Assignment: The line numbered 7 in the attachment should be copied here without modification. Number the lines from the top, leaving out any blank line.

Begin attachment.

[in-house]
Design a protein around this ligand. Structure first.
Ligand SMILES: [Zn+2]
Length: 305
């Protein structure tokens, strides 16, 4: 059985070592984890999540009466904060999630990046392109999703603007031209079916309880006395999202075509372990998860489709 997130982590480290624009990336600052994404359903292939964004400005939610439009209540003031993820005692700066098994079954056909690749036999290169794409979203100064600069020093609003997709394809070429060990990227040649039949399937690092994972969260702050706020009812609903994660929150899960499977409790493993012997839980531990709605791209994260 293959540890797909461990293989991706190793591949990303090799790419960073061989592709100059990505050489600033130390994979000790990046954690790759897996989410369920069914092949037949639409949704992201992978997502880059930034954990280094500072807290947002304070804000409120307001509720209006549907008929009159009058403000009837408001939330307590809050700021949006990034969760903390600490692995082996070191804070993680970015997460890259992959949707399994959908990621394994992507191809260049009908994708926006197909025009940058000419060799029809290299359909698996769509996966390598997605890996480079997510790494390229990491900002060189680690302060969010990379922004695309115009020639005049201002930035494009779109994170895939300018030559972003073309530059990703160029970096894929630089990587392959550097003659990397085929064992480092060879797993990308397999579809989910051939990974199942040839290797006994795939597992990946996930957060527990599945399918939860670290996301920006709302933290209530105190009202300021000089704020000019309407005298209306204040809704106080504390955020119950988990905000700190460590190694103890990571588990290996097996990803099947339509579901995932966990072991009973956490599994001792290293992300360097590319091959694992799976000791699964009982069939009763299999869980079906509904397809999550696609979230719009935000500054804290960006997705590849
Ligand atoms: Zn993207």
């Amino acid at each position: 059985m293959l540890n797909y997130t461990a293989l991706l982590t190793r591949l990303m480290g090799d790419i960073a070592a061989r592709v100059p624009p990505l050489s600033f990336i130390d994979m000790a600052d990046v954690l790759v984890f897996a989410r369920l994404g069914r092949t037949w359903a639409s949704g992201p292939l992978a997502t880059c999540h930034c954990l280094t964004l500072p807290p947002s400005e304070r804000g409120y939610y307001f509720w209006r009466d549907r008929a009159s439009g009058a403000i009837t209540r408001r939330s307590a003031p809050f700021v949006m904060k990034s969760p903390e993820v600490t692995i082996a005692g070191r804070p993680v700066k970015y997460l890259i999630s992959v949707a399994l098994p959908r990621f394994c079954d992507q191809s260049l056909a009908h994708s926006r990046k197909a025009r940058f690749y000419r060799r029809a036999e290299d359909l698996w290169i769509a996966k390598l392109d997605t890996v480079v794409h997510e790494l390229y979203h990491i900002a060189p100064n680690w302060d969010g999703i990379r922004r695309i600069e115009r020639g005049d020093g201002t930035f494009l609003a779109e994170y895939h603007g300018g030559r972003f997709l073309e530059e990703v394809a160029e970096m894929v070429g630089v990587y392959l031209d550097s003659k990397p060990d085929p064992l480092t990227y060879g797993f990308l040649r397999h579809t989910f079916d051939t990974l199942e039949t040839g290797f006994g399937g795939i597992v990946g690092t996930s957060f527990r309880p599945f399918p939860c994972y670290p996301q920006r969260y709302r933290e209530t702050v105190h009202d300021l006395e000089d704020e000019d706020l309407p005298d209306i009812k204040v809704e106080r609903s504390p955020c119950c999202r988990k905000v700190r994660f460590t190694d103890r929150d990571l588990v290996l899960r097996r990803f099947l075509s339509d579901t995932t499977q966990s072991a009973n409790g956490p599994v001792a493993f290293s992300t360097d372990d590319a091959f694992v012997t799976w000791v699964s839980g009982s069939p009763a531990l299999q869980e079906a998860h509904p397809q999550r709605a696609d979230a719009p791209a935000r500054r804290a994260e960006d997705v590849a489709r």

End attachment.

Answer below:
């Amino acid at each position: 059985m293959l540890n797909y997130t461990a293989l991706l982590t190793r591949l990303m480290g090799d790419i960073a070592a061989r592709v100059p624009p990505l050489s600033f990336i130390d994979m000790a600052d990046v954690l790759v984890f897996a989410r369920l994404g069914r092949t037949w359903a639409s949704g992201p292939l992978a997502t880059c999540h930034c954990l280094t964004l500072p807290p947002s400005e304070r804000g409120y939610y307001f509720w209006r009466d549907r008929a009159s439009g009058a403000i009837t209540r408001r939330s307590a003031p809050f700021v949006m904060k990034s969760p903390e993820v600490t692995i082996a005692g070191r804070p993680v700066k970015y997460l890259i999630s992959v949707a399994l098994p959908r990621f394994c079954d992507q191809s260049l056909a009908h994708s926006r990046k197909a025009r940058f690749y000419r060799r029809a036999e290299d359909l698996w290169i769509a996966k390598l392109d997605t890996v480079v794409h997510e790494l390229y979203h990491i900002a060189p100064n680690w302060d969010g999703i990379r922004r695309i600069e115009r020639g005049d020093g201002t930035f494009l609003a779109e994170y895939h603007g300018g030559r972003f997709l073309e530059e990703v394809a160029e970096m894929v070429g630089v990587y392959l031209d550097s003659k990397p060990d085929p064992l480092t990227y060879g797993f990308l040649r397999h579809t989910f079916d051939t990974l199942e039949t040839g290797f006994g399937g795939i597992v990946g690092t996930s957060f527990r309880p599945f399918p939860c994972y670290p996301q920006r969260y709302r933290e209530t702050v105190h009202d300021l006395e000089d704020e000019d706020l309407p005298d209306i009812k204040v809704e106080r609903s504390p955020c119950c999202r988990k905000v700190r994660f460590t190694d103890r929150d990571l588990v290996l899960r097996r990803f099947l075509s339509d579901t995932t499977q966990s072991a009973n409790g956490p599994v001792a493993f290293s992300t360097d372990d590319a091959f694992v012997t799976w000791v699964s839980g009982s069939p009763a531990l299999q869980e079906a998860h509904p397809q999550r709605a696609d979230a719009p791209a935000r500054r804290a994260e960006d997705v590849a489709r």